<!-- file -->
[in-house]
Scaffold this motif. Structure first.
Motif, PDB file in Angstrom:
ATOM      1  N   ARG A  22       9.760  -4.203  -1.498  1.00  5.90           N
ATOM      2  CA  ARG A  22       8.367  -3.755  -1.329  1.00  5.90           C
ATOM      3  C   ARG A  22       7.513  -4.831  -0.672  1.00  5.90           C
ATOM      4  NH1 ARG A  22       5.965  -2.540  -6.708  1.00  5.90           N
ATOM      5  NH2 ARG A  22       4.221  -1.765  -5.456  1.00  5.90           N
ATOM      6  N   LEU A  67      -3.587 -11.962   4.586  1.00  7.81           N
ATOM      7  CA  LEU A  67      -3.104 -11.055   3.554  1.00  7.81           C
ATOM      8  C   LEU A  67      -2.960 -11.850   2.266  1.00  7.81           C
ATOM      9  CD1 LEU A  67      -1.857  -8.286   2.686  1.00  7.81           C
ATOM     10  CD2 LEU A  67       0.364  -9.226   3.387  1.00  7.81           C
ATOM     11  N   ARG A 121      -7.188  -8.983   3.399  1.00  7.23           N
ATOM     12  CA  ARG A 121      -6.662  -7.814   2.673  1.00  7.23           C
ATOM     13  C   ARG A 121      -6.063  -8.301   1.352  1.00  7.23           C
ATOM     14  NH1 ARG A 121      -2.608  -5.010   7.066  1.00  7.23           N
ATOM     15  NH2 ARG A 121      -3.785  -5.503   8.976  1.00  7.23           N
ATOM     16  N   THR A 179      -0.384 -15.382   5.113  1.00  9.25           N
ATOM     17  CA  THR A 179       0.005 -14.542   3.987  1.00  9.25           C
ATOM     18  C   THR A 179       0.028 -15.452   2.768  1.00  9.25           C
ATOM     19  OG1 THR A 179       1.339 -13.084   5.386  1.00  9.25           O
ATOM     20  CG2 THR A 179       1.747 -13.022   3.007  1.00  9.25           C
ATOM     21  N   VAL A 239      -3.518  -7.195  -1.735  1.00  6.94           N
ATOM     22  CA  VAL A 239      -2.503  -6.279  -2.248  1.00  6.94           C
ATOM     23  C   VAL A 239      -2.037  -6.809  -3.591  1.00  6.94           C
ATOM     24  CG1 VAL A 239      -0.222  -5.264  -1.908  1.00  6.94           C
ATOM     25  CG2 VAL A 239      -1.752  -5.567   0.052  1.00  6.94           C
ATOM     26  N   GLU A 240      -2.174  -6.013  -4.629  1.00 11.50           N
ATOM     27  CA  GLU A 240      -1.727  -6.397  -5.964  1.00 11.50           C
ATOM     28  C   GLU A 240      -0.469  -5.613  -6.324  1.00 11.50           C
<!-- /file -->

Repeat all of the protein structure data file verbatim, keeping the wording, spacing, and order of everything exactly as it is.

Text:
[in-house]
Scaffold this motif. Structure first.
Motif, PDB file in Angstrom:
ATOM      1  N   ARG A  22       9.760  -4.203  -1.498  1.00  5.90           N
ATOM      2  CA  ARG A  22       8.367  -3.755  -1.329  1.00  5.90           C
ATOM      3  C   ARG A  22       7.513  -4.831  -0.672  1.00  5.90           C
ATOM      4  NH1 ARG A  22       5.965  -2.540  -6.708  1.00  5.90           N
ATOM      5  NH2 ARG A  22       4.221  -1.765  -5.456  1.00  5.90           N
ATOM      6  N   LEU A  67      -3.587 -11.962   4.586  1.00  7.81           N
ATOM      7  CA  LEU A  67      -3.104 -11.055   3.554  1.00  7.81           C
ATOM      8  C   LEU A  67      -2.960 -11.850   2.266  1.00  7.81           C
ATOM      9  CD1 LEU A  67      -1.857  -8.286   2.686  1.00  7.81           C
ATOM     10  CD2 LEU A  67       0.364  -9.226   3.387  1.00  7.81           C
ATOM     11  N   ARG A 121      -7.188  -8.983   3.399  1.00  7.23           N
ATOM     12  CA  ARG A 121      -6.662  -7.814   2.673  1.00  7.23           C
ATOM     13  C   ARG A 121      -6.063  -8.301   1.352  1.00  7.23           C
ATOM     14  NH1 ARG A 121      -2.608  -5.010   7.066  1.00  7.23           N
ATOM     15  NH2 ARG A 121      -3.785  -5.503   8.976  1.00  7.23           N
ATOM     16  N   THR A 179      -0.384 -15.382   5.113  1.00  9.25           N
ATOM     17  CA  THR A 179       0.005 -14.542   3.987  1.00  9.25           C
ATOM     18  C   THR A 179       0.028 -15.452   2.768  1.00  9.25           C
ATOM     19  OG1 THR A 179       1.339 -13.084   5.386  1.00  9.25           O
ATOM     20  CG2 THR A 179       1.747 -13.022   3.007  1.00  9.25           C
ATOM     21  N   VAL A 239      -3.518  -7.195  -1.735  1.00  6.94           N
ATOM     22  CA  VAL A 239      -2.503  -6.279  -2.248  1.00  6.94           C
ATOM     23  C   VAL A 239      -2.037  -6.809  -3.591  1.00  6.94           C
ATOM     24  CG1 VAL A 239      -0.222  -5.264  -1.908  1.00  6.94           C
ATOM     25  CG2 VAL A 239      -1.752  -5.567   0.052  1.00  6.94           C
ATOM     26  N   GLU A 240      -2.174  -6.013  -4.629  1.00 11.50           N
ATOM     27  CA  GLU A 240      -1.727  -6.397  -5.964  1.00 11.50           C
ATOM     28  C   GLU A 240      -0.469  -5.613  -6.324  1.00 11.50           C